Try not to complain about bonding
Even the most breastfeeding supportive dads I’ve known have had moments where they complain because they can’t be the one feeding the baby. Research also shows that dads with partners who breastfeed tend to feel upset at times, robbed of the magical bonding process or even jealous that their partner spends so much time with the baby. Studies further show that when dads suggest a bottle of formula, so they can feed the baby, it contributes to less successful breastfeeding. Don’t suggest a bottle. Don’t continually claim feeding is the only way to bond. And for pete’s sake, do not get jealous of all the time your partner spends feeding. If you had a baby attached to you for hours on end each day, trust me, you’d know how insane this complaining sounds to a mom. You can bond with your baby by hanging out with him, changing his diaper, teaching him to play and rocking him to sleep. You can also ask your partner if it’s okay if you get to give your baby his first solid food – that’s what we did at my house. If you’re really feeling like life isn’t fair in the feeding department at least wait until breastfeeding is properly established before introducing a bottle of pumped milk.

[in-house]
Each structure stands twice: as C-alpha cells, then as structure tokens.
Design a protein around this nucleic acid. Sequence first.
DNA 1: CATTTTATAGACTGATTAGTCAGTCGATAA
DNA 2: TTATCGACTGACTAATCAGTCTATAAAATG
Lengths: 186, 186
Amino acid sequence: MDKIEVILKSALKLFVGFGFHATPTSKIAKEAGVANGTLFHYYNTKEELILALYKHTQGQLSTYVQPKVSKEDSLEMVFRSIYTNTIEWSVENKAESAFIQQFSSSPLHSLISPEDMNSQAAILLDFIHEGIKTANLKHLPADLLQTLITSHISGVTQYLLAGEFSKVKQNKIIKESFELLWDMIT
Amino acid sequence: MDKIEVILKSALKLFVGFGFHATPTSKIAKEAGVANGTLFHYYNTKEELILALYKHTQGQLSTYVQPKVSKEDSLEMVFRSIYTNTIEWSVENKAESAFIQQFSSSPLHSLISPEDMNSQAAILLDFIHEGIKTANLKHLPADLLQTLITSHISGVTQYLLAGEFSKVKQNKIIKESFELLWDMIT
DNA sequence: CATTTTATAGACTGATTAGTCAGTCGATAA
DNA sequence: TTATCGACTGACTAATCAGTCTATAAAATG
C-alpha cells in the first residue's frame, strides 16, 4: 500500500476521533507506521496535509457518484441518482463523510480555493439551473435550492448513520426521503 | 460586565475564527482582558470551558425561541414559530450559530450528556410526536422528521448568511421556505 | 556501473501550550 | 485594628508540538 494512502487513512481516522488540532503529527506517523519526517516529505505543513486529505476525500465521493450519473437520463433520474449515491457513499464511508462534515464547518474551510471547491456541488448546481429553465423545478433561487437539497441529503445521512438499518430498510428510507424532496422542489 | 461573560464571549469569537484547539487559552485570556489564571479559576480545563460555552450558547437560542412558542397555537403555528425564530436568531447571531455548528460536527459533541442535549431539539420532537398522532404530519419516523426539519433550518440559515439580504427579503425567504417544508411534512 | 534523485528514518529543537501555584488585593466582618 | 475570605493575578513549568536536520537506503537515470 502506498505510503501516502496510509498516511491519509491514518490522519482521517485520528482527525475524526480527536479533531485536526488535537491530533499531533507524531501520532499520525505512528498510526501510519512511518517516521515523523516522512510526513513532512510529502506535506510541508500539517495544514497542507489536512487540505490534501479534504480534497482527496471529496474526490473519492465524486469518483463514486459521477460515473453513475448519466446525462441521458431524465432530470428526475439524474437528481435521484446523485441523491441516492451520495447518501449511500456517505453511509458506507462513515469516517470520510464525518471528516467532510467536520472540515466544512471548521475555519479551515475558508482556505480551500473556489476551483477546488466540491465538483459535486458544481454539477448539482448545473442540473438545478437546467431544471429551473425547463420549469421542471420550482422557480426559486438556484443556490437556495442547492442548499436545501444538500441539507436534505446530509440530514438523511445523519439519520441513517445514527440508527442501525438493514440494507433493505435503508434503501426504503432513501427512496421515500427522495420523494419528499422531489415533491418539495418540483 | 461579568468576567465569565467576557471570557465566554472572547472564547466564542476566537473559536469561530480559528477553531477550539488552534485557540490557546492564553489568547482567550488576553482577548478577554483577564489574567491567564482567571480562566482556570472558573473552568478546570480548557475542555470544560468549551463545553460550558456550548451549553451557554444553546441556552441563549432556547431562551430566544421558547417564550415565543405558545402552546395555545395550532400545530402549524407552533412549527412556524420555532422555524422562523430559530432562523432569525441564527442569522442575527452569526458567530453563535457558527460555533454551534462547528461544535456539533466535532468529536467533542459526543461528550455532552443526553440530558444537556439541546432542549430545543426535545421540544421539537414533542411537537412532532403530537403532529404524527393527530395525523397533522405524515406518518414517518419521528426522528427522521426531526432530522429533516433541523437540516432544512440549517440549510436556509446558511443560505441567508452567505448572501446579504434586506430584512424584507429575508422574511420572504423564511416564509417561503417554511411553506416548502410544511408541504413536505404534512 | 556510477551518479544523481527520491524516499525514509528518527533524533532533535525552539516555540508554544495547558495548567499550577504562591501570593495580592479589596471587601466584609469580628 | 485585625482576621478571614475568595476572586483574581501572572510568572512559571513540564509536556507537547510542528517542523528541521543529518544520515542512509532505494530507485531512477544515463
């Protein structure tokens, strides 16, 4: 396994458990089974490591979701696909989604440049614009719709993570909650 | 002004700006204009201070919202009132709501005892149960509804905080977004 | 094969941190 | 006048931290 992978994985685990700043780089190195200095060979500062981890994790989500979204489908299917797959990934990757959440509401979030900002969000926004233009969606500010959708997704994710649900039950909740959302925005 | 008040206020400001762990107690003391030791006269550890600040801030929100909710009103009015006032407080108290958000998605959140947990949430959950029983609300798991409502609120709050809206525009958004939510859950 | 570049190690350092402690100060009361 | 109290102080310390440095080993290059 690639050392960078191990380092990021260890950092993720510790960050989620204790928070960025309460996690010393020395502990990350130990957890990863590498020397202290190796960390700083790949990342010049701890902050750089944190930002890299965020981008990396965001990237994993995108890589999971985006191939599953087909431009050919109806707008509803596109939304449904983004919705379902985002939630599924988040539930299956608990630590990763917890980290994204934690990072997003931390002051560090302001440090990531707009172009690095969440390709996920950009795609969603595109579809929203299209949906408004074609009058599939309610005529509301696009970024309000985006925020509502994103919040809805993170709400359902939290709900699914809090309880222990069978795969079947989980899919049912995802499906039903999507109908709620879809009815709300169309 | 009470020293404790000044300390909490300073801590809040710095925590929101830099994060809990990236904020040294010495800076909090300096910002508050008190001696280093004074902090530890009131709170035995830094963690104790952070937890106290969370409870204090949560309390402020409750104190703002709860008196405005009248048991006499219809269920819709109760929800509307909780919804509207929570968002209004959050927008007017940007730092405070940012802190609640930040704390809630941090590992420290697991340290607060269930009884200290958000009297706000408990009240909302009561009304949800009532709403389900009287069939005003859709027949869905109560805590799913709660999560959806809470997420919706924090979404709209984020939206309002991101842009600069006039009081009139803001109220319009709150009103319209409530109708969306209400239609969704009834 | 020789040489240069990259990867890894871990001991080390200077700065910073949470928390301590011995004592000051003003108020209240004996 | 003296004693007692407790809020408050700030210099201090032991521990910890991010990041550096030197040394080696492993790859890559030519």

Help Out with Everything Else
Health organizations and breastfeeding advocates suggest newborns be fed at least 10-12 times per day, or for about 5 to 10 minute per breast; every 2 to 3 hours. As your baby gets older, he’ll eat for 20 to 40 minutes every 3 to 4 hours. After six months, babies may nurse for 20 to 40 minutes about 4 or 5 times a day. These are just estimates. Some days it literally feels like you’ve breastfed for oh, about 23.5 hours. It’s not just breastfeeding, it’s getting ready, positioning baby, burping and more. It all adds up and while it’s hard to figure typical times spent breastfeeding, suffice it to say, mamas spend a lot of time nursing. You have way more free time, so help out by managing other household tasks and baby care as much as you can. Oh, and in case you’re confused, when I say help out, I do not mean, “Wait to be asked.” Moms hate having to ask for help all the time. You’re an adult and now a father – you can cook, clean and care for a baby without being asked (pdf). You can care for siblings, wash dishes, wash laundry, burp and change the baby, rock the baby to sleep, go to the store, and so much more.
Typically mothers, even mothers who work as much as a dad, do more child care and more work around the house. That sucks. It also makes breastfeeding success that much harder. One of the best ways you can encourage breastfeeding success is to make sure you’re doing a lot in other areas to help out. Bonus, you’ll be happier (no really) and helping out means you may even get a date and some alone time with your partner in the near future. As a mom, I can absolutely say that when dad helps out at home, he instantly becomes WAY more attractive and likable – and I’m not the only mom who feels this way.
Lead image by Flickr User Karen Sheets de Gracia